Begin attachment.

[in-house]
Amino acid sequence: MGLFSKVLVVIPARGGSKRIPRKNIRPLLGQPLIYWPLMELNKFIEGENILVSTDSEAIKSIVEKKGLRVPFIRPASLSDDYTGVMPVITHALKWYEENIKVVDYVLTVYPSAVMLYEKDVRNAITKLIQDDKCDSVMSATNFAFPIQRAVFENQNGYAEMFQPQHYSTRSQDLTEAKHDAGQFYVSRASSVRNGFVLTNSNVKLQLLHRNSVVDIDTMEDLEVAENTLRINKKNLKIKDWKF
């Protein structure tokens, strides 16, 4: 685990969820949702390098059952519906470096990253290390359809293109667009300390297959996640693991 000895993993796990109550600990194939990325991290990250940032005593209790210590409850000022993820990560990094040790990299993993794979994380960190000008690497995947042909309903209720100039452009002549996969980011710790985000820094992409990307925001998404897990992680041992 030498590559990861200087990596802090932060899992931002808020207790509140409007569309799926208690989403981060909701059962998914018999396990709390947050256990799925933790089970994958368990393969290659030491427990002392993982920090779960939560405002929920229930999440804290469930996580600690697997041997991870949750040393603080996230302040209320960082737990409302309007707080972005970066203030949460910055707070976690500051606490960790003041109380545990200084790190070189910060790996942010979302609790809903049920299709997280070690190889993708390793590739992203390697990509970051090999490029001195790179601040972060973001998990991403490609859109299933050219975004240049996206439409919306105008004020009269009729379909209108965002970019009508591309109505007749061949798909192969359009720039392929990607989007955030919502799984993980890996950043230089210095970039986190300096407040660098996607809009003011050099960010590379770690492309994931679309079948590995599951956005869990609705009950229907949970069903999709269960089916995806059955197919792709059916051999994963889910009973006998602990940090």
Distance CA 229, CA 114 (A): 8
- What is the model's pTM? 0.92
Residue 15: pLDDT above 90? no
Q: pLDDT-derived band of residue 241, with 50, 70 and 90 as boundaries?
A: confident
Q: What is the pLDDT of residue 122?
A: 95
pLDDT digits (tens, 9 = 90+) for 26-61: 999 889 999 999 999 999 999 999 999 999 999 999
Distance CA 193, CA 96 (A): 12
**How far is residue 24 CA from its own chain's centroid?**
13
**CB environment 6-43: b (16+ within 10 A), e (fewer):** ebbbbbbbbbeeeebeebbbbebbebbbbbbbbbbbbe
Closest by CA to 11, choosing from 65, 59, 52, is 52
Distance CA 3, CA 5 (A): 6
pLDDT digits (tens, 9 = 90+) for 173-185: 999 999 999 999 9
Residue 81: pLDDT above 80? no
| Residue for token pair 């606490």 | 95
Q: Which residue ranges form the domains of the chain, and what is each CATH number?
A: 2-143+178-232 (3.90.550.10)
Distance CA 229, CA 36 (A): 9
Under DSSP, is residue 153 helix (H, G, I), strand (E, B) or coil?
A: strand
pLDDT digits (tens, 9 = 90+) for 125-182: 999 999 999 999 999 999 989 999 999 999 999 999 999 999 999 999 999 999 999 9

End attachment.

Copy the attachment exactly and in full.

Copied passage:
[in-house]
Amino acid sequence: MGLFSKVLVVIPARGGSKRIPRKNIRPLLGQPLIYWPLMELNKFIEGENILVSTDSEAIKSIVEKKGLRVPFIRPASLSDDYTGVMPVITHALKWYEENIKVVDYVLTVYPSAVMLYEKDVRNAITKLIQDDKCDSVMSATNFAFPIQRAVFENQNGYAEMFQPQHYSTRSQDLTEAKHDAGQFYVSRASSVRNGFVLTNSNVKLQLLHRNSVVDIDTMEDLEVAENTLRINKKNLKIKDWKF
């Protein structure tokens, strides 16, 4: 685990969820949702390098059952519906470096990253290390359809293109667009300390297959996640693991 000895993993796990109550600990194939990325991290990250940032005593209790210590409850000022993820990560990094040790990299993993794979994380960190000008690497995947042909309903209720100039452009002549996969980011710790985000820094992409990307925001998404897990992680041992 030498590559990861200087990596802090932060899992931002808020207790509140409007569309799926208690989403981060909701059962998914018999396990709390947050256990799925933790089970994958368990393969290659030491427990002392993982920090779960939560405002929920229930999440804290469930996580600690697997041997991870949750040393603080996230302040209320960082737990409302309007707080972005970066203030949460910055707070976690500051606490960790003041109380545990200084790190070189910060790996942010979302609790809903049920299709997280070690190889993708390793590739992203390697990509970051090999490029001195790179601040972060973001998990991403490609859109299933050219975004240049996206439409919306105008004020009269009729379909209108965002970019009508591309109505007749061949798909192969359009720039392929990607989007955030919502799984993980890996950043230089210095970039986190300096407040660098996607809009003011050099960010590379770690492309994931679309079948590995599951956005869990609705009950229907949970069903999709269960089916995806059955197919792709059916051999994963889910009973006998602990940090």
Distance CA 229, CA 114 (A): 8
- What is the model's pTM? 0.92
Residue 15: pLDDT above 90? no
Q: pLDDT-derived band of residue 241, with 50, 70 and 90 as boundaries?
A: confident
Q: What is the pLDDT of residue 122?
A: 95
pLDDT digits (tens, 9 = 90+) for 26-61: 999 889 999 999 999 999 999 999 999 999 999 999
Distance CA 193, CA 96 (A): 12
**How far is residue 24 CA from its own chain's centroid?**
13
**CB environment 6-43: b (16+ within 10 A), e (fewer):** ebbbbbbbbbeeeebeebbbbebbebbbbbbbbbbbbe
Closest by CA to 11, choosing from 65, 59, 52, is 52
Distance CA 3, CA 5 (A): 6
pLDDT digits (tens, 9 = 90+) for 173-185: 999 999 999 999 9
Residue 81: pLDDT above 80? no
| Residue for token pair 């606490």 | 95
Q: Which residue ranges form the domains of the chain, and what is each CATH number?
A: 2-143+178-232 (3.90.550.10)
Distance CA 229, CA 36 (A): 9
Under DSSP, is residue 153 helix (H, G, I), strand (E, B) or coil?
A: strand
pLDDT digits (tens, 9 = 90+) for 125-182: 999 999 999 999 999 999 989 999 999 999 999 999 999 999 999 999 999 999 999 9